This typical 1930s fight film is distinguished by a good script, sharp direction from Richard Thorpe, and a strong starring performance by Robert Taylor as Tommy McCoy, a young boxer who gets to the top of the fight game partly due to the efforts of his alcoholic father (Frank Morgan).
Tommy's nickname, "Killer," proves to be an omen when he inadvertently kills an opponent and is charged with manslaughter. Jim Cain (Edward Arnold), a crooked bookmaker, has Tommy just where he wants him, but the bookie's beautiful daughter (Maureen O'Sullivan), who thinks Dad is on the up and up,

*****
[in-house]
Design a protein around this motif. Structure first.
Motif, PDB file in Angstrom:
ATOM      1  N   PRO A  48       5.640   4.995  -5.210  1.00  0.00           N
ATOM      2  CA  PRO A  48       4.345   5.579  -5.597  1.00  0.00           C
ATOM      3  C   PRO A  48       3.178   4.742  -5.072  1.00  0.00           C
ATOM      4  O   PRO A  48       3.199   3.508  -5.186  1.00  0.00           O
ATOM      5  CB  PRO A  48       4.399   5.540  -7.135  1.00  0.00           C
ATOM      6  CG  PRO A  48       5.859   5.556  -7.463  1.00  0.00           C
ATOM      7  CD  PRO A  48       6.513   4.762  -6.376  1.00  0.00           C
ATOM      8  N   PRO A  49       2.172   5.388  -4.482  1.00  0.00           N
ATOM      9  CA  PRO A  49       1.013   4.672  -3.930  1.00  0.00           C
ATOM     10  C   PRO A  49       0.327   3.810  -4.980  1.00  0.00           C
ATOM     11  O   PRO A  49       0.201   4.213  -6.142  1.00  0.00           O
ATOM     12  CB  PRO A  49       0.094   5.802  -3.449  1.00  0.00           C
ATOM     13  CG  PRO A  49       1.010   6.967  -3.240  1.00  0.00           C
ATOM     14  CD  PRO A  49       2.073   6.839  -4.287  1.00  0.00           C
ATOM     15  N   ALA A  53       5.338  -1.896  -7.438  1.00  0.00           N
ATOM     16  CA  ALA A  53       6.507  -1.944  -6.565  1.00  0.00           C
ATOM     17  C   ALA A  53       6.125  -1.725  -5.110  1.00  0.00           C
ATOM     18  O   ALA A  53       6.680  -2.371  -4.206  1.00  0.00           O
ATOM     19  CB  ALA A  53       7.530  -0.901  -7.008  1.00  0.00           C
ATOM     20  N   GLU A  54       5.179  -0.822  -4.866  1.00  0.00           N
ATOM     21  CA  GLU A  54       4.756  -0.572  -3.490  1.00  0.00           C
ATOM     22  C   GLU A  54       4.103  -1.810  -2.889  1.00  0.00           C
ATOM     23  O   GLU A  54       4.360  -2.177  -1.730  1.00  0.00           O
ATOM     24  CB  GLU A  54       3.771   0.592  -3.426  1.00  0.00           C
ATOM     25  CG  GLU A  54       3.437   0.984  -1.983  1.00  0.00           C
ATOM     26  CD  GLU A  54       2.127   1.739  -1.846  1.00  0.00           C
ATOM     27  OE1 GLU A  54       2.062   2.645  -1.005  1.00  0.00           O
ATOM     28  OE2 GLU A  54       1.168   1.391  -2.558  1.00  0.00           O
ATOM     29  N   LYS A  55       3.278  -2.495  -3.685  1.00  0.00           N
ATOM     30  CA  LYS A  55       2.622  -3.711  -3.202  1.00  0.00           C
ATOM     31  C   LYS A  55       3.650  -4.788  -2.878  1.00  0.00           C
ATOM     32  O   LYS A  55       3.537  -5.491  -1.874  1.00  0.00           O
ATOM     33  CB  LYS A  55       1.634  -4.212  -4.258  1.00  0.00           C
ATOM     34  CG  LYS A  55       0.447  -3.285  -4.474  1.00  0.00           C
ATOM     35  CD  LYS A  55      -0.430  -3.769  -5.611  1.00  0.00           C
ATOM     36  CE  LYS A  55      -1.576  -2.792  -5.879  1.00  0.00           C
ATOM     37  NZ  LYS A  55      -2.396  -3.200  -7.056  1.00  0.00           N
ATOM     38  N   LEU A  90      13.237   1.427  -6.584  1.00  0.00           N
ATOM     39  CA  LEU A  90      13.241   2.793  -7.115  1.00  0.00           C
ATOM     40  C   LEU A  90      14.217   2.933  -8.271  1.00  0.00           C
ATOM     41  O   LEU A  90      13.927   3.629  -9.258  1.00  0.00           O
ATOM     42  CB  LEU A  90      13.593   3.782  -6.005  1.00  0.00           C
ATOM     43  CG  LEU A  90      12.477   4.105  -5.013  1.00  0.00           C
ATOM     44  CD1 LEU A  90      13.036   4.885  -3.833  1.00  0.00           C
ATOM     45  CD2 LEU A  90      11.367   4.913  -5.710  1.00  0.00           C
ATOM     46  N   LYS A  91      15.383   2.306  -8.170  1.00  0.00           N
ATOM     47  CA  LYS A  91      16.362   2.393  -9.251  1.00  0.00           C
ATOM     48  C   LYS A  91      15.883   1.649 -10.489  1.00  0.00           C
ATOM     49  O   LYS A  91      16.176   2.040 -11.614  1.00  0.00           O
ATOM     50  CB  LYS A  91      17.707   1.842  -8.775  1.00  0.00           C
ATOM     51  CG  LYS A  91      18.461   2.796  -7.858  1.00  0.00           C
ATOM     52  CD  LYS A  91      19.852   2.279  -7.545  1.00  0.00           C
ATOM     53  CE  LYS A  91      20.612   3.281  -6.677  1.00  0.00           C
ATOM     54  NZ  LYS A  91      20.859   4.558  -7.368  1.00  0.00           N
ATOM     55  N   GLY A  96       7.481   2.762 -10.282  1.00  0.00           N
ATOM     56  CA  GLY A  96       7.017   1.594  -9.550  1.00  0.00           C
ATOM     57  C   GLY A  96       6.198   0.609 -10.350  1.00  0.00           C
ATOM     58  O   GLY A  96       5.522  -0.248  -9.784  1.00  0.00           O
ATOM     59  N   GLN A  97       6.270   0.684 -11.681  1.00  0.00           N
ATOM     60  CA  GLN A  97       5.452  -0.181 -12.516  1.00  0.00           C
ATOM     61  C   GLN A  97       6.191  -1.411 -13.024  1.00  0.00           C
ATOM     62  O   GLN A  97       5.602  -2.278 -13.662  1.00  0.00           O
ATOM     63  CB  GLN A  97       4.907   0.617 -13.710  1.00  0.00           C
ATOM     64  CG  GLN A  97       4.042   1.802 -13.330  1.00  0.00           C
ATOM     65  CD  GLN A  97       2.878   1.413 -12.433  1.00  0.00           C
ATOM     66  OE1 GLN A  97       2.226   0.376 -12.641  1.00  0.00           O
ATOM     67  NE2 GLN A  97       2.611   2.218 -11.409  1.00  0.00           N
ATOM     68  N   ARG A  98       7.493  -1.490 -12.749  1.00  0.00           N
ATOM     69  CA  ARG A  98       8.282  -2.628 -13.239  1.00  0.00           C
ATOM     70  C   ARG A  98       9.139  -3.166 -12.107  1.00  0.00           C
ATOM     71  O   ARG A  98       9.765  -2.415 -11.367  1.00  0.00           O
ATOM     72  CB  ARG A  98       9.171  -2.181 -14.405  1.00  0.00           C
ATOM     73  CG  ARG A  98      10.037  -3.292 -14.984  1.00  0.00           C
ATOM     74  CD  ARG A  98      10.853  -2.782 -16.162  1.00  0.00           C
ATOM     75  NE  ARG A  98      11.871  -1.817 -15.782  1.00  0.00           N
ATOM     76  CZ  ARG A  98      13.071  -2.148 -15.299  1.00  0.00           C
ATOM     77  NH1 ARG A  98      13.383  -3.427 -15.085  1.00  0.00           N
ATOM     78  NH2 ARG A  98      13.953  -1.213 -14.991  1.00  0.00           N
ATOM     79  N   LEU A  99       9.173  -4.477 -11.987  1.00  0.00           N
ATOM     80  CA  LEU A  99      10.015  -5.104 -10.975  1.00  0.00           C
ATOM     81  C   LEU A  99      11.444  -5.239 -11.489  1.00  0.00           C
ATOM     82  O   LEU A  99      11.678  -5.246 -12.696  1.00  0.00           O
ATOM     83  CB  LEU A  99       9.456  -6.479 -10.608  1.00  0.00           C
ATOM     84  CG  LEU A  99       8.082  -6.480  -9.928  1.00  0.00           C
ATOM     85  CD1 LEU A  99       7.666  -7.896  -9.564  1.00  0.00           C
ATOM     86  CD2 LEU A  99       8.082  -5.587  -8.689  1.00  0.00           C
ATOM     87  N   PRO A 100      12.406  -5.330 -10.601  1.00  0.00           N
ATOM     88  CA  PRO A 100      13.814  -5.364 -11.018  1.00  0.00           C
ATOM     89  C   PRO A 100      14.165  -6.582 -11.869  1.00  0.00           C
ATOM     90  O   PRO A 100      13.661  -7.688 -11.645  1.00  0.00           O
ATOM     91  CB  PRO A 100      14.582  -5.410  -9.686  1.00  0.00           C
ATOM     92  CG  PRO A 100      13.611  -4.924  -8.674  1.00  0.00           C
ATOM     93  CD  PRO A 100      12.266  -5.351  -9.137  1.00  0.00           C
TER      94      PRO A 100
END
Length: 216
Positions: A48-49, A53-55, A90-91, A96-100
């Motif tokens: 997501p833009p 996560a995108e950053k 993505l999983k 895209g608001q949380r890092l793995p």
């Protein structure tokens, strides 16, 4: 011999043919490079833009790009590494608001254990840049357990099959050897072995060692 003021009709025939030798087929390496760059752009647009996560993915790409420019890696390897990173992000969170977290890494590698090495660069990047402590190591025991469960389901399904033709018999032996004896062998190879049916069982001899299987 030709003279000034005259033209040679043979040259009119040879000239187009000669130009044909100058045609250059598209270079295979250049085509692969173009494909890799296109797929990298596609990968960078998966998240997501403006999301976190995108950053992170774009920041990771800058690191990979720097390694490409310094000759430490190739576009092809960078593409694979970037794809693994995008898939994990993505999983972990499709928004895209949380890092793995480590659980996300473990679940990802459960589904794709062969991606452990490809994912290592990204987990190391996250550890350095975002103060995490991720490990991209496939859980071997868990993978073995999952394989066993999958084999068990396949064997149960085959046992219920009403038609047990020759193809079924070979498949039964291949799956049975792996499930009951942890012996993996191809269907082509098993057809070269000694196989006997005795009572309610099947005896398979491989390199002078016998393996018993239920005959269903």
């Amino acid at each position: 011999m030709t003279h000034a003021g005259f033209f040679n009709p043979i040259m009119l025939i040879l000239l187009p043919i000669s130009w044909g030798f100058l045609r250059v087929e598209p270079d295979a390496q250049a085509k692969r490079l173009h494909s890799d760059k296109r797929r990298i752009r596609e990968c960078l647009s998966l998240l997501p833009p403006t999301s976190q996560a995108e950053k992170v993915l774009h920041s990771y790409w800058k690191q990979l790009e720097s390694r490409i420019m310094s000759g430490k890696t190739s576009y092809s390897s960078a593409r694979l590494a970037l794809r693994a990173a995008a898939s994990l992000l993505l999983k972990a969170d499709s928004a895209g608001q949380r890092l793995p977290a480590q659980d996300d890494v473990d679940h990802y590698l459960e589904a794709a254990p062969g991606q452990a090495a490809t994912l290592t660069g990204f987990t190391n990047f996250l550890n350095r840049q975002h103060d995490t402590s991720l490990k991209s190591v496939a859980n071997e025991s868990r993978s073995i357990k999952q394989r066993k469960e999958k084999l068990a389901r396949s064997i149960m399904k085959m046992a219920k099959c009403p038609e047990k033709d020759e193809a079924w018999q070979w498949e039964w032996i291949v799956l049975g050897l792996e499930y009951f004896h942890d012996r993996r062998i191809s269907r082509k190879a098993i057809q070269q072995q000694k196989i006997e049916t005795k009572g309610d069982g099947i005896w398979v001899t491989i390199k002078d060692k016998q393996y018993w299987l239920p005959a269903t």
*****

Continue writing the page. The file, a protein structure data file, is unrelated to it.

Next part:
is in love with the fighter. Plot complications arise, including a kidnaping, a clever ...